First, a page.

[Advaita-l] Questions on mayavada.
gopal.gopinath at gmail.com
Thu Nov 11 17:01:01 CST 2010
Dear Sri Srikanta,
I got to this mail in a subtle exchange of comments about list decency
between a couple of members of the list ;-)
Anyway, my mail is not about that. I thought of quote-unquoting your
statements below on
your interpretations of Indus valley civilization (IVC) and vedic-aryan
Your statements reflect much of what is said by late Prof. Santina quoted
IVC, VA and evolution of hindu dharma are not yet settled, contentious
issues. What you get is whom you ask and what you ask.
More than scholarly and scientific, the contention is political and
socio-political climate of sub-continent India. Add to this pot is the
western-educated neo-indologists. For every point quoted in your mail, there
are at least easily available counterpoints by equally eminent
Having seen a lot of forceful statements and standpoints based on Prof.
Santina and his likes, I am glad to see that in your viewpoints
an open mind is not lost as per the last part of the mail cited below.
For example: You quote/write: <<"The religious culture of the aryans was
characterized by two
elements unknown and foreign to the religion of the Indus valley
people.The two elements are caste--that is to say the division of society
into social strata--and belief in the authority and infallibility of
revelation,in this case the ancient scriptures known as the Vedas.the
religious culture of Indus valley civilization didnot accept those
conceptions,and they remained constant points of contention dividing the
two major religious traditions of India.">>
There are some doubts about these statements even for an unlearned, layman
a) excavations in harappa and mohenjadaro seem to be revealing possible
stratification of society
as in affluence-workforce type.
b) at the timepoint that is discussed here, whether caste system by birth
was in vogue in VA or not is an open question.
The general agreement among 'eminent scholars' point against it rather than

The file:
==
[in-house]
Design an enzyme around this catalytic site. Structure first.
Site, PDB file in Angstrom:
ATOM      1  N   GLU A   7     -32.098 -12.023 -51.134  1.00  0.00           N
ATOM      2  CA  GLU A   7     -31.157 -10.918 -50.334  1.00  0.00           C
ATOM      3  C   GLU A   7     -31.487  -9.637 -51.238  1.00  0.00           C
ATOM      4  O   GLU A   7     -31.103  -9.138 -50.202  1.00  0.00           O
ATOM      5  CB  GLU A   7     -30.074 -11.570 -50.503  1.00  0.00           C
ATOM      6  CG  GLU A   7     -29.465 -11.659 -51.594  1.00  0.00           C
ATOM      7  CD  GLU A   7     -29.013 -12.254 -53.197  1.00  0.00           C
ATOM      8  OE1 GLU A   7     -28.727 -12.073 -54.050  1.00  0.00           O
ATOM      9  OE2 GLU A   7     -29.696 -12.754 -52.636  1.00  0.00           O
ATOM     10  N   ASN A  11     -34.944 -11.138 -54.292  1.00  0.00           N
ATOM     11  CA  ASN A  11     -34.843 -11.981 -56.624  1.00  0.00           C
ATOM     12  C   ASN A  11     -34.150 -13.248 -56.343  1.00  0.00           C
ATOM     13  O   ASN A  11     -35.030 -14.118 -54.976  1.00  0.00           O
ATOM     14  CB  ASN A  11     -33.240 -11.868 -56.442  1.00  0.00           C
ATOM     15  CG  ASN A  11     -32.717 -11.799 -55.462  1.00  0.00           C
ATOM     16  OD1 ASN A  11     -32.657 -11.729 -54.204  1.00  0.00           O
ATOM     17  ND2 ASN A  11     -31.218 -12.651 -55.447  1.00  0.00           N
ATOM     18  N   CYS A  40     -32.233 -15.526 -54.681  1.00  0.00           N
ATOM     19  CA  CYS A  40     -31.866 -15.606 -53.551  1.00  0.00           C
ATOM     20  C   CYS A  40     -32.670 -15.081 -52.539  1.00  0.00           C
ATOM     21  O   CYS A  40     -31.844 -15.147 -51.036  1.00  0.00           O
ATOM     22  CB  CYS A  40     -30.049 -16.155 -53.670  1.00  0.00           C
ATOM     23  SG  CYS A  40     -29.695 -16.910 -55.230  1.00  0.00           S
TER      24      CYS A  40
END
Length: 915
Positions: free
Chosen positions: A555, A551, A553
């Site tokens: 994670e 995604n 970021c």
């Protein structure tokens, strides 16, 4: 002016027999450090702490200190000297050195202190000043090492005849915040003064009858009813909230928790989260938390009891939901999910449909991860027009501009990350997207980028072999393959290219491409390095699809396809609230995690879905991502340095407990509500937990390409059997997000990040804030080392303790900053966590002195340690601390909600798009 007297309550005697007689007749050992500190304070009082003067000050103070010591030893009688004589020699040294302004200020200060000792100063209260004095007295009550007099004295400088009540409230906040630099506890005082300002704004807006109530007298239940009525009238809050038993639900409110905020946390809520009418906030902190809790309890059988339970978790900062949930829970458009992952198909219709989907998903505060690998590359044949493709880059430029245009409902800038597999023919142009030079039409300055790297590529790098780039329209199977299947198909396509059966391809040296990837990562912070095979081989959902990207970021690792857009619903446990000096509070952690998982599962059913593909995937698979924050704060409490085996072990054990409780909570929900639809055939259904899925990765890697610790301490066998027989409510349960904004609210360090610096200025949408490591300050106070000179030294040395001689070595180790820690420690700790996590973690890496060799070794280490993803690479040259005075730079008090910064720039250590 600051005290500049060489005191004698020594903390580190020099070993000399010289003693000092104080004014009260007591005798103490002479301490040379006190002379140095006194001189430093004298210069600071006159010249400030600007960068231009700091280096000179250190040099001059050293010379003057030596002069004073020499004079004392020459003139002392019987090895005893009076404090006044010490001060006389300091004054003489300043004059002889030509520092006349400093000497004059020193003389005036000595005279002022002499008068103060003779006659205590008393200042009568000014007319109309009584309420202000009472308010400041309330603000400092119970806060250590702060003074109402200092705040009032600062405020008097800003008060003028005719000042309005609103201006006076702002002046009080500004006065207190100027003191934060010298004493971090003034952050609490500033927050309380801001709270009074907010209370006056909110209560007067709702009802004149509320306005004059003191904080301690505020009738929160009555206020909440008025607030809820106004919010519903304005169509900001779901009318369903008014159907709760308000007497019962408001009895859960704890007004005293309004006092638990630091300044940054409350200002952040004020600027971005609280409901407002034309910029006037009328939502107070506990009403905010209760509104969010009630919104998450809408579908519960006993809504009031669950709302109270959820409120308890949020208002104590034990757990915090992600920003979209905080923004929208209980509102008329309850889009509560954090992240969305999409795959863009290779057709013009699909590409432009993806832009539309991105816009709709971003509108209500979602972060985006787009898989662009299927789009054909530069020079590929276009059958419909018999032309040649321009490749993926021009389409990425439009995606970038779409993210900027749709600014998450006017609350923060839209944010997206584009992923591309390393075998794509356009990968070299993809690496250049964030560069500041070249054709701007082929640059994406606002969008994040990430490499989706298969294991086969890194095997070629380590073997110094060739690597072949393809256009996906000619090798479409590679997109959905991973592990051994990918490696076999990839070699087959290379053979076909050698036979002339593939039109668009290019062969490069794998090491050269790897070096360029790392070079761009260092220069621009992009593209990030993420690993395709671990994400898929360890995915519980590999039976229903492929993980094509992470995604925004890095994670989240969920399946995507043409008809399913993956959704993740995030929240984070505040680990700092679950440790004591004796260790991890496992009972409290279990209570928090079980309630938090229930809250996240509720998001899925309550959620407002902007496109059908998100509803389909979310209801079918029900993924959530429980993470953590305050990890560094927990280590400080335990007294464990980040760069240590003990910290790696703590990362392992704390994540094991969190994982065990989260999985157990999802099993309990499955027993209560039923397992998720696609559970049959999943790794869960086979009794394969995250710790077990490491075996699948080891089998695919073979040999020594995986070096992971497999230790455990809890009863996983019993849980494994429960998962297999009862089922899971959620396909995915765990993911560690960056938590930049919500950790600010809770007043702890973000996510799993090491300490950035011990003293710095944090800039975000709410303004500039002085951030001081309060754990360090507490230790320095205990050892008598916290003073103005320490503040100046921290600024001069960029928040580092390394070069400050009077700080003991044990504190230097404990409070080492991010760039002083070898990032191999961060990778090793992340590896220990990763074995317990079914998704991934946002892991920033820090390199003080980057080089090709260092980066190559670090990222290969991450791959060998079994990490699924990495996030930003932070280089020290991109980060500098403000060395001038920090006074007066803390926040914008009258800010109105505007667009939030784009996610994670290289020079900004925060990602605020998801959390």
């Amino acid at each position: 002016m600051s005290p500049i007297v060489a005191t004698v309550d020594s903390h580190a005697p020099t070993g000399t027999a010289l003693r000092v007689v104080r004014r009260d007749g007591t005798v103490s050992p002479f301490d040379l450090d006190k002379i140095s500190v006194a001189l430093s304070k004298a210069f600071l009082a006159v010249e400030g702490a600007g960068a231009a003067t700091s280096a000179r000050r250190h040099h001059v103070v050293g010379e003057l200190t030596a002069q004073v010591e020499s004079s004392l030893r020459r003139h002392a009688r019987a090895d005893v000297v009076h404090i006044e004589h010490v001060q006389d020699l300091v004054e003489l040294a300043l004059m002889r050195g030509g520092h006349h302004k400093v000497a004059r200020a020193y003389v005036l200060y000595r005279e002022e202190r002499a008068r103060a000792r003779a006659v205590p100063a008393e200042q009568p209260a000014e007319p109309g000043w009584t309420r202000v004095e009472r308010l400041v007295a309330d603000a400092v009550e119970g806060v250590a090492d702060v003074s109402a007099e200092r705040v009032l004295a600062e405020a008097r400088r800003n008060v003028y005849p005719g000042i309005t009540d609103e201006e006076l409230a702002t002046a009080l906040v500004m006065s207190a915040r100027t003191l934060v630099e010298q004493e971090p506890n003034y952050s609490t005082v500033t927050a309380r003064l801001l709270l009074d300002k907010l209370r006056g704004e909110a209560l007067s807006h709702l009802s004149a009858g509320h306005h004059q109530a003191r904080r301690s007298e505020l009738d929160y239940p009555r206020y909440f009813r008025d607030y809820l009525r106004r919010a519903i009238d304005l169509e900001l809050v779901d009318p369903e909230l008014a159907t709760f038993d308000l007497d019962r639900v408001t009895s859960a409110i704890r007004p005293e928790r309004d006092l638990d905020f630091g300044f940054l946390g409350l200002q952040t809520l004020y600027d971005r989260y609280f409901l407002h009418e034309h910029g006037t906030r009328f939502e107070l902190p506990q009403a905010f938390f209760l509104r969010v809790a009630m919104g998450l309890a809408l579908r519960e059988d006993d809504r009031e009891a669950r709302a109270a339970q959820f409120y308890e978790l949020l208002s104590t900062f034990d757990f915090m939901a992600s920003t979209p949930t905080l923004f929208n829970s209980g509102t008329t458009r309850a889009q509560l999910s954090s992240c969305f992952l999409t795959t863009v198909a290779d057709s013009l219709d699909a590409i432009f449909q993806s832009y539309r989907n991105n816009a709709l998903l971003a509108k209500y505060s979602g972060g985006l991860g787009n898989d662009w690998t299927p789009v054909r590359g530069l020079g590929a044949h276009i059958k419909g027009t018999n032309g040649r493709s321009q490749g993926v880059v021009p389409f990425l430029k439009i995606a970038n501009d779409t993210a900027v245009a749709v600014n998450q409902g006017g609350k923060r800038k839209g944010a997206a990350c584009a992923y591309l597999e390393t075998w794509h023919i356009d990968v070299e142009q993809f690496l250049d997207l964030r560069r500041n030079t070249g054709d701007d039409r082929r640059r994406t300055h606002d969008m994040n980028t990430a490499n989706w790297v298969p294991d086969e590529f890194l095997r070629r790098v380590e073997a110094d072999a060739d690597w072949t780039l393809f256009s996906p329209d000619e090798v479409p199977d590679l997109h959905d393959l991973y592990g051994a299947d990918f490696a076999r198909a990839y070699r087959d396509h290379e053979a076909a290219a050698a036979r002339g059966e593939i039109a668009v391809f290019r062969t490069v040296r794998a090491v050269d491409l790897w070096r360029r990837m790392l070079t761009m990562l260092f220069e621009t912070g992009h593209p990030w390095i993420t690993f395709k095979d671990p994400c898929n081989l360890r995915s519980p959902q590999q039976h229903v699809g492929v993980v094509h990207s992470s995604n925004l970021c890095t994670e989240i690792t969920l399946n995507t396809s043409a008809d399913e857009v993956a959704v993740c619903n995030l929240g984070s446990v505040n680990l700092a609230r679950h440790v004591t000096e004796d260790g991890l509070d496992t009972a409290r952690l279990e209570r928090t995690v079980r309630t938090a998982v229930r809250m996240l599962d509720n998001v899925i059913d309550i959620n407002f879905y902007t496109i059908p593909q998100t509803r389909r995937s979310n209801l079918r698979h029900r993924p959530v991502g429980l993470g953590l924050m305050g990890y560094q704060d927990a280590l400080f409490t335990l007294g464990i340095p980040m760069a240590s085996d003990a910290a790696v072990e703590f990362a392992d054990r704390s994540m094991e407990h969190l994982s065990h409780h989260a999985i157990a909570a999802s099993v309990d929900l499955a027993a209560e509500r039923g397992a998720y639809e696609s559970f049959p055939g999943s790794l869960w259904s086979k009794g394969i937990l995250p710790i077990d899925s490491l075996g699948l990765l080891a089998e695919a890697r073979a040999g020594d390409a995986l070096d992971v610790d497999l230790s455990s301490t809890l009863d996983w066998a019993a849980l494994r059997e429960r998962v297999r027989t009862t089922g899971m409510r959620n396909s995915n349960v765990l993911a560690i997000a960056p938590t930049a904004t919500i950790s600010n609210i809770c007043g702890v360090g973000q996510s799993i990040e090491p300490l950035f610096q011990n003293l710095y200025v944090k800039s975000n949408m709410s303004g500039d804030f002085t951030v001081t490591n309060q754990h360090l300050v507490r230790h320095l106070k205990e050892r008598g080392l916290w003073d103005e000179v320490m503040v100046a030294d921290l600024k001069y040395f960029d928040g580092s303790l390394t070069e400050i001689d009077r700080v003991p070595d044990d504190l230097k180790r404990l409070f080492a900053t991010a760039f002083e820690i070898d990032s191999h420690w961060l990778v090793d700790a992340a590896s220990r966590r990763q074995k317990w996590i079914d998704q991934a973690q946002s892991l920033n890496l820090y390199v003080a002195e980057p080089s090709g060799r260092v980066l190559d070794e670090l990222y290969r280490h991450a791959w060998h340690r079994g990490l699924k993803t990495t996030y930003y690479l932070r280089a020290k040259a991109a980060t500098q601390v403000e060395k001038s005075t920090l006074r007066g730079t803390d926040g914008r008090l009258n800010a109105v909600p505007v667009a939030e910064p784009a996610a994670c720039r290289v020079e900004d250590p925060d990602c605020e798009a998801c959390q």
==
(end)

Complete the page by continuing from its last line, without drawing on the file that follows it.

c) on what basis this "religious culture of IVC" has been studied and
re-assembled? what are the evidences for this
statement? An eminent scholarship alone will not suffice, as you might very
d) on what basis has it been assumed that "authority and infallibility of
revelation" was not in vogue for those "purported religion of IVC"?
Moses had it, many apostles had revelations, egyptian priests had them,
sumerian 'priests' were depicted or described to be
having a talk with 'Gods'? Does absence of evidence construe an absence of a
thesis? When the very glyphic-scripts of IVC has not been
deciphered as it happened with egyptian heiroglyphs, how can one conclude
what they were thinking about profound subjects like
whether their priest or an old man in the village was hallucinating or not?
It is very easy to make interpretations based on assumptions. For example,
from your mail and reading just your mail, i can assume that you
or Prof. Santina were able to decipher IVC symbols. Based on this mail you
can also assume that I have an incurable disease in my brain.
We both can mutually make various interpretations of each others
statements. We both know, I hope ;-), that where the problem lies if it
Prof. Santina (May his soul rest with Buddha), did an yeoman service in
explaining Buddha as a historic personality to the academia with evidence.
He was an
authority on early history of Buddhism, and his works are milestones and
references for a keen student of Buddhism. But does that make him an
authority on IVC or VA? I have huge respect for his scholarship, but does
it mean that I have to accept his thoughts as the end-all-be-all kind of
touchstone for IVC and early vedic history? For example, from your mails I
have always respected your scholarship and patience to tease out specific
points of others. But you would not like it if I say that all your
viewpoints are mine hereafter! Won't you ask me to evaluate and scrutinize
them based on available evidences and knowledge? Well, if that is so,
calling in Prof. Santina's Aryan invasion theory to explain early buddhistic
history seems to be very presumptive in this context.
thanks for your patience for reading this thru.
On Thu, Nov 11, 2010 at 4:32 AM, srikanta <srikanta at nie.ac.in> wrote:
> sunil Bhatacharya,
> you have now descended to the level of hurling accusations at me without